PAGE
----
Saturday 25 May 2019

Take Walsh's money, and kick county councillors out of the airline business

Aer Lingus was hamstrung for years by politicians - now they're at it again

Willie Walsh, chief executive of International Airlines Group, speaking to journalists as he left Leinster House last week after his meeting with the Oireachtas Committee on Transport. Photo: Frank McGrath
Willie Walsh, chief executive of International Airlines Group, speaking to journalists as he left Leinster House last week after his meeting with the Oireachtas Committee on Transport. Photo: Frank McGrath
Colm McCarthy

Colm McCarthy

On Thursday last, Willie Walsh, chief executive of IAG (International Airlines Group), the prospective bidders for Aer Lingus, provided members of the Oireachtas Committee on Transport with an elegant tutorial on how commercial airlines actually work.

He was wasting his time - the assembled deputies and senators showed not the slightest interest. Instead, they focussed relentlessly on constituency or trade union angles. Several sought unconditional assurances on the maintenance of specific routes or the introduction of new ones serving airports in their home counties or on jobs-for-life commitments for Aer Lingus staff. In effect they were inviting Mr Walsh to commit his employers IAG to losing money in their constituencies. He declined as politely as he could. The enhanced role of Oireachtas committees was meant to be a key political reform resulting from the bubble disaster. Last Thursday's county council meeting suggests that nothing has changed.

The political discussion of the IAG proposal has been conducted rather as if Aer Lingus still belonged to the politicians. Anyone concerned about the airline's future will be breathing a sigh of relief that it does not. An airline route network designed by the members of the Oireachtas Committee on Transport would truly be a sight to behold. There is no computable limit to the amount of money these people would lose running an airline. Aer Lingus had to be rescued with taxpayers' money on several occasions when it was the plaything of politicians. The members of the Oireachtas Committee should be left severely alone in their nostalgia for political management of the Irish airline business.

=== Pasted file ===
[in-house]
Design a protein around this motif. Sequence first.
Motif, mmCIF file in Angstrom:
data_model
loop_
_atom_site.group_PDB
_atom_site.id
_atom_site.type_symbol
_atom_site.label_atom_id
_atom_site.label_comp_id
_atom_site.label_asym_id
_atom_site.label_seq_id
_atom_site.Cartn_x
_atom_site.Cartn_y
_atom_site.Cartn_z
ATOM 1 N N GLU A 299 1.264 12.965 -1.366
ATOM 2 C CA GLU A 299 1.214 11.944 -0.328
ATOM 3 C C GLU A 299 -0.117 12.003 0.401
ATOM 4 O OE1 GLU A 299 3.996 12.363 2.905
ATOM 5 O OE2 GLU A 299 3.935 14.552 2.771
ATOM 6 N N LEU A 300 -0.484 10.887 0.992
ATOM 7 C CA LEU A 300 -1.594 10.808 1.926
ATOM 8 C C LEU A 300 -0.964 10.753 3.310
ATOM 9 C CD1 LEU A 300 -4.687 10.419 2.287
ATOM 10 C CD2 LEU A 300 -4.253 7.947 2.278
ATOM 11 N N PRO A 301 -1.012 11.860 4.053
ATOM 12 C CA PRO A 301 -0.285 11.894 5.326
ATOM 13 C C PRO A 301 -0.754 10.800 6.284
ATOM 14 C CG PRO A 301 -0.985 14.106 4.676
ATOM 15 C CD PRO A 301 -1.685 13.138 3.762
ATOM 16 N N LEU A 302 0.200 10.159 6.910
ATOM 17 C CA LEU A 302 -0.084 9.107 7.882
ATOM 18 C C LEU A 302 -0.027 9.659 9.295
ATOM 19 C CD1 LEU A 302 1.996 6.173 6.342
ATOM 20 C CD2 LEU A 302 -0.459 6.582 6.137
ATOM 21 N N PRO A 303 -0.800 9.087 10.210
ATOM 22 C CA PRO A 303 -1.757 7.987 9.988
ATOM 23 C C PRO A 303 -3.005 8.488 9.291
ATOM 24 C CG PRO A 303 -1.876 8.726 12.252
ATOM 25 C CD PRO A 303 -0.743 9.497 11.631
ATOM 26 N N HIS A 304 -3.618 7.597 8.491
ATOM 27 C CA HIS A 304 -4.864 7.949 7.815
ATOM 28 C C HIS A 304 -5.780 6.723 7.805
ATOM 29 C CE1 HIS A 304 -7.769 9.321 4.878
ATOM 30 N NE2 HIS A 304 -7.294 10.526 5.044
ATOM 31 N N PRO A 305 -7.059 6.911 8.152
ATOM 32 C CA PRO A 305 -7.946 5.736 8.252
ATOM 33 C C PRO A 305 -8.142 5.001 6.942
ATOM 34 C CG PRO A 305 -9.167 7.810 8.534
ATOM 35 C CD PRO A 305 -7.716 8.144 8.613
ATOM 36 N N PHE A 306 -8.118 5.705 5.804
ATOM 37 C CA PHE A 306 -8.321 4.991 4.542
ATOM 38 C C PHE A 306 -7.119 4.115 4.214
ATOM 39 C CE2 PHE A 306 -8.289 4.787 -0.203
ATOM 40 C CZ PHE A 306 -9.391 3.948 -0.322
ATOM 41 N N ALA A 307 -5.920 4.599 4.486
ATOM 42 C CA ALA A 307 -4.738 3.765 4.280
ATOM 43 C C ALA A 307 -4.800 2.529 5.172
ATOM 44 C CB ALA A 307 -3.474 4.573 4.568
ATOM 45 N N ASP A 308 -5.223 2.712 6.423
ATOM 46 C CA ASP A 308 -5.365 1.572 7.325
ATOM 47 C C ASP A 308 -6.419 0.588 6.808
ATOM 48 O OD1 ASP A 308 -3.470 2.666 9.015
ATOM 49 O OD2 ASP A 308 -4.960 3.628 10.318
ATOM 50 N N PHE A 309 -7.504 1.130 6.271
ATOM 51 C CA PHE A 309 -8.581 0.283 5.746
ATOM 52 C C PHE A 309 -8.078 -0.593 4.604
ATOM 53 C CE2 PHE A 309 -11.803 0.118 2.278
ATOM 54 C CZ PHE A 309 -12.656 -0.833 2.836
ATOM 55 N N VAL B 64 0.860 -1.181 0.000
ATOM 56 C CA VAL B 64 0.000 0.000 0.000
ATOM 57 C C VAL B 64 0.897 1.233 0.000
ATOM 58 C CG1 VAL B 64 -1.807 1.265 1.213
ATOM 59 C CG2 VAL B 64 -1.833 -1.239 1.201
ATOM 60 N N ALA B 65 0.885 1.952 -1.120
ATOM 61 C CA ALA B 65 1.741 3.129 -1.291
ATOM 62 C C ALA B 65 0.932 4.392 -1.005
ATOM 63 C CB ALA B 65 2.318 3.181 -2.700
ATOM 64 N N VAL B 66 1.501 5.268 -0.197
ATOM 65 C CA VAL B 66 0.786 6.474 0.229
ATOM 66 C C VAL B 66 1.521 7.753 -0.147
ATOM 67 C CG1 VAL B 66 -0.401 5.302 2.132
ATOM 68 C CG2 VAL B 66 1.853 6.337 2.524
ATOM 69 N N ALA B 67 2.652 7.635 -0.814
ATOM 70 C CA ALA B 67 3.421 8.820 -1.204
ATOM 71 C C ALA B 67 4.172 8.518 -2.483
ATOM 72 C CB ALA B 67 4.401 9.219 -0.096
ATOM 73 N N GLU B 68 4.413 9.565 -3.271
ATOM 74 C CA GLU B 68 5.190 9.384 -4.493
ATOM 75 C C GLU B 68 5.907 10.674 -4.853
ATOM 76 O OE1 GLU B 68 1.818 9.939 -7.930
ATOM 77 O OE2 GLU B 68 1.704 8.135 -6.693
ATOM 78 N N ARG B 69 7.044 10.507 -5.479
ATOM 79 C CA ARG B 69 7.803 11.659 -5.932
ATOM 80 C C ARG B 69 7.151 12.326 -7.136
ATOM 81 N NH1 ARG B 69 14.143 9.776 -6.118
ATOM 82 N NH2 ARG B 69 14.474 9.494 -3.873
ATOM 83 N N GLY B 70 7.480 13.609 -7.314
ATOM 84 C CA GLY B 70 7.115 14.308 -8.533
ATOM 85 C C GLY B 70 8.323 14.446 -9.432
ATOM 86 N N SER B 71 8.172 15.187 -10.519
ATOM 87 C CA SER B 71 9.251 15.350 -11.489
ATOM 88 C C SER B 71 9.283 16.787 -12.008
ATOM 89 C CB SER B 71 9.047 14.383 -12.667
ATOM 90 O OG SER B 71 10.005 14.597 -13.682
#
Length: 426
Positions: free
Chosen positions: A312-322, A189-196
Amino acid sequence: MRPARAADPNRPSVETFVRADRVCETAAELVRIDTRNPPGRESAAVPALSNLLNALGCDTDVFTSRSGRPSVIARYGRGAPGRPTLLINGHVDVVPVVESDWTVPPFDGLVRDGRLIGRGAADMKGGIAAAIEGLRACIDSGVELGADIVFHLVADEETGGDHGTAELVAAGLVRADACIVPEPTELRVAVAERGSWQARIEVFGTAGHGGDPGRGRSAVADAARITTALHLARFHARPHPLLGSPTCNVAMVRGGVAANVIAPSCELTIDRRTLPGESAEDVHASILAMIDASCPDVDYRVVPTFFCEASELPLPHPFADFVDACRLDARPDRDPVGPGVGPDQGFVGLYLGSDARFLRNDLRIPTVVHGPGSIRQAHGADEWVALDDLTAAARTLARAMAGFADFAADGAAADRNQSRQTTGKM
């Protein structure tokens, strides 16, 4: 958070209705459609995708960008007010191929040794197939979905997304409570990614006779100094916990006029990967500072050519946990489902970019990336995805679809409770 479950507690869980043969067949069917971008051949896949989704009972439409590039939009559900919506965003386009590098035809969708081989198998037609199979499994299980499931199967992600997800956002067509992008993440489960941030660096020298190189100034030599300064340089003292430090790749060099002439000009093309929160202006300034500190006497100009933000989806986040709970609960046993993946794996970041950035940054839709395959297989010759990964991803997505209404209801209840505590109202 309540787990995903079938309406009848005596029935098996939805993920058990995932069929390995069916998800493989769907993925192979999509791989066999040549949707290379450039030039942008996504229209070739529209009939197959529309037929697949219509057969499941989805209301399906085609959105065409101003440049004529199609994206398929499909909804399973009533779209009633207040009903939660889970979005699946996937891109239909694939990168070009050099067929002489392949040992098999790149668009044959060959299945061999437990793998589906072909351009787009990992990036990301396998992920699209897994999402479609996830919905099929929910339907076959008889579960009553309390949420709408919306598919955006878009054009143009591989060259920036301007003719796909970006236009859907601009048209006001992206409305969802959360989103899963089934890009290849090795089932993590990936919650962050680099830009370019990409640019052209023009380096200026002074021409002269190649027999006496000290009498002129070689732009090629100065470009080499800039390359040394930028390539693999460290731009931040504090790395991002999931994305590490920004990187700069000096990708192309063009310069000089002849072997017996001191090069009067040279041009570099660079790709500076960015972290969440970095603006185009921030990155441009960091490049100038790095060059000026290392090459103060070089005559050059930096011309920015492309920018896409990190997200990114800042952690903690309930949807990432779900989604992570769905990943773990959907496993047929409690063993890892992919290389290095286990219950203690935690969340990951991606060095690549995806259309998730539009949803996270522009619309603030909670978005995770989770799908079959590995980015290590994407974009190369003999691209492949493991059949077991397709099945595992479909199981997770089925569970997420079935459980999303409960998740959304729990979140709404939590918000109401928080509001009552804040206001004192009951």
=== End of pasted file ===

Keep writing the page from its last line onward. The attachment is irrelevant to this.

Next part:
Ireland is doubly fortunate in that it is the home base for Ryanair, Europe's largest short-haul carrier, and for Aer Lingus, one of the few (former) state airlines to have adapted successfully to the new competitive environment. The Irish Government holds 25.1pc of the shares in Aer Lingus and stands to collect about €340m if the proposal goes through.

It is worth considering what might happen if IAG walks away. There appear to be no other viable bidders. Ryanair have been turned down by the competition authorities, since a combined Aer Lingus/Ryanair would, they conclude, be too dominant on Irish routes. Other potential bidders, such as Air France/KLM, Lufthansa or easyJet, appear not to be interested.

Several small legacy carriers in Europe have gone bust and disappeared, Cyprus Airways being the latest casualty. Malev of Hungary, Swissair, Olympic of Greece and Sabena of Belgium, once the playthings of local politicians, have gone into the history books. Most of the former state-owned carriers that survive are struggling, including SAS in Scandinavia, TAP in Portugal and Alitalia, recently rescued yet again on the brink of bankruptcy. Had Aer Lingus not been privatised when it was, it is fair to speculate that it too would have been prevented, by politicians, from responding to the new commercial realities. Left as a small stand-alone carrier outside the consolidating European groupings, the next industry downturn could see Aer Lingus bite the dust as so many others have done.